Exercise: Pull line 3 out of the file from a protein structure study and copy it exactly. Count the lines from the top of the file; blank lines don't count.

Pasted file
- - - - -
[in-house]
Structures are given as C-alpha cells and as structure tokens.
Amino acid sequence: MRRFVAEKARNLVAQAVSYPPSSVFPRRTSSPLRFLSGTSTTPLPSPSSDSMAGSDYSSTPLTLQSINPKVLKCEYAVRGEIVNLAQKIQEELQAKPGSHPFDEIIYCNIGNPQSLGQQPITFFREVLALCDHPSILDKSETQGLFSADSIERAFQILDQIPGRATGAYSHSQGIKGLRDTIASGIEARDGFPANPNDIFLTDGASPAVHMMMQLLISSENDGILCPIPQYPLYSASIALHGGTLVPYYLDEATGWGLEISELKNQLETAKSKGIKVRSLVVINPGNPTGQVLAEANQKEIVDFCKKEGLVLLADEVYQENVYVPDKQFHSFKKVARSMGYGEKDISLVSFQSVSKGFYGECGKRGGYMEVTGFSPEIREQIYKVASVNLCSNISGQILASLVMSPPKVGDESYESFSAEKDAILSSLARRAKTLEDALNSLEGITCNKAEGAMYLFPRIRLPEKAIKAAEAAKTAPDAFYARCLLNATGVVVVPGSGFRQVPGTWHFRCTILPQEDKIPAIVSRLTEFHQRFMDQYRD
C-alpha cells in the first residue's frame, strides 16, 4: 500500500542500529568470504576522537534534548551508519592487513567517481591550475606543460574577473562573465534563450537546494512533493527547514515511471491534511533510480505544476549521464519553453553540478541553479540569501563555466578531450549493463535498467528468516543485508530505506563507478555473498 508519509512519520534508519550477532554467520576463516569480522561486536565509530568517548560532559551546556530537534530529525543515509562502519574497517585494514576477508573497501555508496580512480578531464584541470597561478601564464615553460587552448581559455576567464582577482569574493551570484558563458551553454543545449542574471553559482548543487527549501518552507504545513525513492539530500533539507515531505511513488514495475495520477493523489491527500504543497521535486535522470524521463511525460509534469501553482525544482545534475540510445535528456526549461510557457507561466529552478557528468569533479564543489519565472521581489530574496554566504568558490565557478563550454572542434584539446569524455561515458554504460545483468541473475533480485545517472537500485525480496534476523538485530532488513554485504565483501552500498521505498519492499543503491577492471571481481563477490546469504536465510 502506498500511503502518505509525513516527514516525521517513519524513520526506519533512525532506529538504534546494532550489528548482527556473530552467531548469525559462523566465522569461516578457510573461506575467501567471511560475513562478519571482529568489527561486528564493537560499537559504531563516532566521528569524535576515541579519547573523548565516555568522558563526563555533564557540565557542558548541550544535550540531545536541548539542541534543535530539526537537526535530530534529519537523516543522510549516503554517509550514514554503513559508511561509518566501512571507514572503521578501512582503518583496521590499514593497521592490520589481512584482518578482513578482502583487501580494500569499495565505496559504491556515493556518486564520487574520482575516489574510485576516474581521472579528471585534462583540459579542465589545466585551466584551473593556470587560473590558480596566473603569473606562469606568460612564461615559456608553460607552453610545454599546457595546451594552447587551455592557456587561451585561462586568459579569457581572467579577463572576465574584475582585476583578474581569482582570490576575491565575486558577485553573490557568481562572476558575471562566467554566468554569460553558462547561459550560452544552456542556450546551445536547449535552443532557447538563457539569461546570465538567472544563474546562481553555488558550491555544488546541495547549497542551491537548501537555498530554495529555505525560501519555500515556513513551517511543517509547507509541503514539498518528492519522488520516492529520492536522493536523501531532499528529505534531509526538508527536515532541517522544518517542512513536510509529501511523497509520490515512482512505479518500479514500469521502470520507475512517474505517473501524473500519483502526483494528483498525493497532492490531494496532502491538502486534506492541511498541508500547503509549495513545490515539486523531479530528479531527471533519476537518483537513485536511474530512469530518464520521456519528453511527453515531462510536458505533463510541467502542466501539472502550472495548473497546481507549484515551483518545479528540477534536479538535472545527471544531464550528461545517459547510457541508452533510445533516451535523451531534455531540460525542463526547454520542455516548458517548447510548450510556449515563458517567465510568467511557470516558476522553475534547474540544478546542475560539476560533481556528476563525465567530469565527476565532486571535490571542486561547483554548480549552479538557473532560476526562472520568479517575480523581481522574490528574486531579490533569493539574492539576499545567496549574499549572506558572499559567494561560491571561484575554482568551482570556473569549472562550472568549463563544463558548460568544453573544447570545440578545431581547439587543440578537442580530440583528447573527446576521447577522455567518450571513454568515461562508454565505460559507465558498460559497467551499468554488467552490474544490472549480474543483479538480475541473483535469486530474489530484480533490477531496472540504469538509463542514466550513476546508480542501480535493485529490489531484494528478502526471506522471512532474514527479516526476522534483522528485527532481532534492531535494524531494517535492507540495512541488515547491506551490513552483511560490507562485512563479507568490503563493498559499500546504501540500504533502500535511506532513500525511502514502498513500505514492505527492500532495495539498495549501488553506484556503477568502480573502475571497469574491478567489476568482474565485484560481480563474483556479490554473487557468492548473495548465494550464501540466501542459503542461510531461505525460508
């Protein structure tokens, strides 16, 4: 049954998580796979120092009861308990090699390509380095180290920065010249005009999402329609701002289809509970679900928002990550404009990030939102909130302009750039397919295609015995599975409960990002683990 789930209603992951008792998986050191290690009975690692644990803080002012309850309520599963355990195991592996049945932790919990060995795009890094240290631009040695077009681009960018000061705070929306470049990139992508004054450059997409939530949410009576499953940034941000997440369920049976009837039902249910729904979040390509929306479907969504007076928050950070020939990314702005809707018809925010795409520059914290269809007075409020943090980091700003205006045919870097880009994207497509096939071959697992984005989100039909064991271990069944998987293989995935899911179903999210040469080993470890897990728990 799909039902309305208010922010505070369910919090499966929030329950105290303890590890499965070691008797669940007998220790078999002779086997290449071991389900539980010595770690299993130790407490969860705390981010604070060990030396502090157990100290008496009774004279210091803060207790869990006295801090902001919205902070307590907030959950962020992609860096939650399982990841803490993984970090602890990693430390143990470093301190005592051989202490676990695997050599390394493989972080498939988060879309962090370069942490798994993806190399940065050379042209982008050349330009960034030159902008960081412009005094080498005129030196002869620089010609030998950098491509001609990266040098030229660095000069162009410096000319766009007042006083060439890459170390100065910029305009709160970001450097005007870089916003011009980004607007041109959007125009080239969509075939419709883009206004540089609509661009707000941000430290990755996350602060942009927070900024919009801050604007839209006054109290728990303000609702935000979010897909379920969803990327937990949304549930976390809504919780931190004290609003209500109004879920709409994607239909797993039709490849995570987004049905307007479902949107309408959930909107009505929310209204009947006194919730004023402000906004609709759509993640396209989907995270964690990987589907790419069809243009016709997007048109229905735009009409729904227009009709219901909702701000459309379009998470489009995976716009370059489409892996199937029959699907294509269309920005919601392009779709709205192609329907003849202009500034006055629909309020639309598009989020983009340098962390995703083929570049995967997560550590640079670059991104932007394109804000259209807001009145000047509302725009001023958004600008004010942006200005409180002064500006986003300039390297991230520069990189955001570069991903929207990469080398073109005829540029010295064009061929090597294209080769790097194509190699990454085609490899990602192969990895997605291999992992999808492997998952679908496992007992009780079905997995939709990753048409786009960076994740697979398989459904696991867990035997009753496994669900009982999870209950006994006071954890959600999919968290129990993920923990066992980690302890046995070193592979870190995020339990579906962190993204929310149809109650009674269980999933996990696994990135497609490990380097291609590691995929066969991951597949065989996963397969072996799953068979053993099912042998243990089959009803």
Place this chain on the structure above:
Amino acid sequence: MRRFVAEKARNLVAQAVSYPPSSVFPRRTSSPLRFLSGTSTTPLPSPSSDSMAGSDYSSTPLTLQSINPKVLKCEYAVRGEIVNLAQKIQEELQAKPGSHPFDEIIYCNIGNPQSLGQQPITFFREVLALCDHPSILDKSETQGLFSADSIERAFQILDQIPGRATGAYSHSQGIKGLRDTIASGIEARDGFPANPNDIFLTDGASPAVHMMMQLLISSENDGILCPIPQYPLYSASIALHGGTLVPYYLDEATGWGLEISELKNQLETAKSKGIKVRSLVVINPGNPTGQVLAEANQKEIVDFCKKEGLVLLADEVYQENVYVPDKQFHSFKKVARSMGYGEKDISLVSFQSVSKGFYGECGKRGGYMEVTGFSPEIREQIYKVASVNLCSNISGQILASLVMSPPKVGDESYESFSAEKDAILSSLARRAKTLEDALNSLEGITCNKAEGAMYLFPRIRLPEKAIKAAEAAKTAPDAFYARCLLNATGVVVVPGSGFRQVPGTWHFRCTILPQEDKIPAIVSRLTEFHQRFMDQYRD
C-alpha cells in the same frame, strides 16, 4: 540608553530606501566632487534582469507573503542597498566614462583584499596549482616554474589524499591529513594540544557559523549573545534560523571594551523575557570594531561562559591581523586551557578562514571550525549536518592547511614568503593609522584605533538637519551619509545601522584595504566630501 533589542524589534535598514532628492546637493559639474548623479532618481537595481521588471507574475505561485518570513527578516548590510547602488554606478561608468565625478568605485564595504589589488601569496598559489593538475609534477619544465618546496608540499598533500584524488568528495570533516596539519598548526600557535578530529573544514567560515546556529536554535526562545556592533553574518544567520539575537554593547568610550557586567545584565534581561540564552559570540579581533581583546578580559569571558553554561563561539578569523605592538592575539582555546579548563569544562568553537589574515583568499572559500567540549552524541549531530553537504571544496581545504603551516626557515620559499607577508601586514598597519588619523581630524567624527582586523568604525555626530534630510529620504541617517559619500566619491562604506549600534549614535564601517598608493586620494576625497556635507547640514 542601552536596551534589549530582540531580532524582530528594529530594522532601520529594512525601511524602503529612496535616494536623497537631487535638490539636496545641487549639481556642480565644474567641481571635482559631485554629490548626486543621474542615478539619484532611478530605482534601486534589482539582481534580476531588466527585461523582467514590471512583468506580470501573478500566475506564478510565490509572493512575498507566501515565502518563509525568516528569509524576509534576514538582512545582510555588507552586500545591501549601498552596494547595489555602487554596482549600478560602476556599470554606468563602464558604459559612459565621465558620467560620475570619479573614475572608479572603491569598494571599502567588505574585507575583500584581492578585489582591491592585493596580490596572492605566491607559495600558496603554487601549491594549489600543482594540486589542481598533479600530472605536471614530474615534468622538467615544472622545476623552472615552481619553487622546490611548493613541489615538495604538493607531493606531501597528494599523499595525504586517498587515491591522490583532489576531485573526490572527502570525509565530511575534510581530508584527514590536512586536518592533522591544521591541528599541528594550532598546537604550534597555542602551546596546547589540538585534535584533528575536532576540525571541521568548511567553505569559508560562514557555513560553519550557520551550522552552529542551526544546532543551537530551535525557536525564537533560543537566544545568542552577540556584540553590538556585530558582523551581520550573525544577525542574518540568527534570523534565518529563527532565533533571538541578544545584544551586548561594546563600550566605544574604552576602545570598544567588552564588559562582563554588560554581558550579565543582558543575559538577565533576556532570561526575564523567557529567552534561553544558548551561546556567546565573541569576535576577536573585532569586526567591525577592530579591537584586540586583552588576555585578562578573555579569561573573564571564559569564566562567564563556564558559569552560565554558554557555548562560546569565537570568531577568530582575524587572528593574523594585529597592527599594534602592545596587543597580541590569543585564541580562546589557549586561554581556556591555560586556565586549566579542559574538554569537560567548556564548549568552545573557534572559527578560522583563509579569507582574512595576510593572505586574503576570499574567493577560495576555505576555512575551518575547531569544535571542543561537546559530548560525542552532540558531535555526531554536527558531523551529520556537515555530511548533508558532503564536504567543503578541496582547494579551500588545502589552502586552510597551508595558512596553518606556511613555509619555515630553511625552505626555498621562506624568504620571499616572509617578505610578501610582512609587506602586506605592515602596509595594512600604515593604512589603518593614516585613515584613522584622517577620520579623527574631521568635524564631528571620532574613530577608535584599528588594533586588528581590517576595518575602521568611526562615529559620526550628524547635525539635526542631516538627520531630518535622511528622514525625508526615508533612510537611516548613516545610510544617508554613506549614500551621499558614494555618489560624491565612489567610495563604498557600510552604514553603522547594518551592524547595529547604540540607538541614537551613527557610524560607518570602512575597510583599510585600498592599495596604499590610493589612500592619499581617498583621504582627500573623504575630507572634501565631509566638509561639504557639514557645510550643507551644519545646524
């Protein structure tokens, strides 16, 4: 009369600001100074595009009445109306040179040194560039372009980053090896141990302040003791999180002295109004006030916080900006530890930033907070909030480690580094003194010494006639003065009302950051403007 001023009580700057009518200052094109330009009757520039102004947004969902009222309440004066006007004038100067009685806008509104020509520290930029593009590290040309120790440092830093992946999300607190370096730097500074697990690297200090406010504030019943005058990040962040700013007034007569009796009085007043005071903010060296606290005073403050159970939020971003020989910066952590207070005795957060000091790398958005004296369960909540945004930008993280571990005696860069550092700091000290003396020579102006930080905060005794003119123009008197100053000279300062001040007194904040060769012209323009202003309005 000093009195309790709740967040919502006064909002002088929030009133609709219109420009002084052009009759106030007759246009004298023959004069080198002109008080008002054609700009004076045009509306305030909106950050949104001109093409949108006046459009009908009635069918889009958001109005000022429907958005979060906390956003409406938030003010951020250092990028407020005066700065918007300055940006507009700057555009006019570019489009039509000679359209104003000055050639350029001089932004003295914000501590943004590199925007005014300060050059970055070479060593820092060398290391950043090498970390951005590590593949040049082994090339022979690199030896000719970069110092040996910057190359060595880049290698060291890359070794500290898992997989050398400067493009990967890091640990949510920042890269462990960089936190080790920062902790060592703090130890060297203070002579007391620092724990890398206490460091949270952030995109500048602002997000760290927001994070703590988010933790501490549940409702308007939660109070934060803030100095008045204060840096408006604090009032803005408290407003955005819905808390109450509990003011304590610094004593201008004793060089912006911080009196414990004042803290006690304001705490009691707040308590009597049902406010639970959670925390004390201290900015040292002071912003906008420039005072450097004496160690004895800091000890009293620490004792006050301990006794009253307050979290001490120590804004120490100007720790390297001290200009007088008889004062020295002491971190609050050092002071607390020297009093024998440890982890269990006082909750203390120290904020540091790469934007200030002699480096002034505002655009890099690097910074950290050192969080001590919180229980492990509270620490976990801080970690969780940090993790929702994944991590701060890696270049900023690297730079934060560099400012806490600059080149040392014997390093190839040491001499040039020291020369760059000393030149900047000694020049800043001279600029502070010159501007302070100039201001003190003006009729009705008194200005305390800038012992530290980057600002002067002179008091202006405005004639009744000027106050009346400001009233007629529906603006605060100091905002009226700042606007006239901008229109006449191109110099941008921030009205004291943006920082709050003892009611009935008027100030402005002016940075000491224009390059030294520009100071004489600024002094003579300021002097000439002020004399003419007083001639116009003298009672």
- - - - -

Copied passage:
Amino acid sequence: MRRFVAEKARNLVAQAVSYPPSSVFPRRTSSPLRFLSGTSTTPLPSPSSDSMAGSDYSSTPLTLQSINPKVLKCEYAVRGEIVNLAQKIQEELQAKPGSHPFDEIIYCNIGNPQSLGQQPITFFREVLALCDHPSILDKSETQGLFSADSIERAFQILDQIPGRATGAYSHSQGIKGLRDTIASGIEARDGFPANPNDIFLTDGASPAVHMMMQLLISSENDGILCPIPQYPLYSASIALHGGTLVPYYLDEATGWGLEISELKNQLETAKSKGIKVRSLVVINPGNPTGQVLAEANQKEIVDFCKKEGLVLLADEVYQENVYVPDKQFHSFKKVARSMGYGEKDISLVSFQSVSKGFYGECGKRGGYMEVTGFSPEIREQIYKVASVNLCSNISGQILASLVMSPPKVGDESYESFSAEKDAILSSLARRAKTLEDALNSLEGITCNKAEGAMYLFPRIRLPEKAIKAAEAAKTAPDAFYARCLLNATGVVVVPGSGFRQVPGTWHFRCTILPQEDKIPAIVSRLTEFHQRFMDQYRD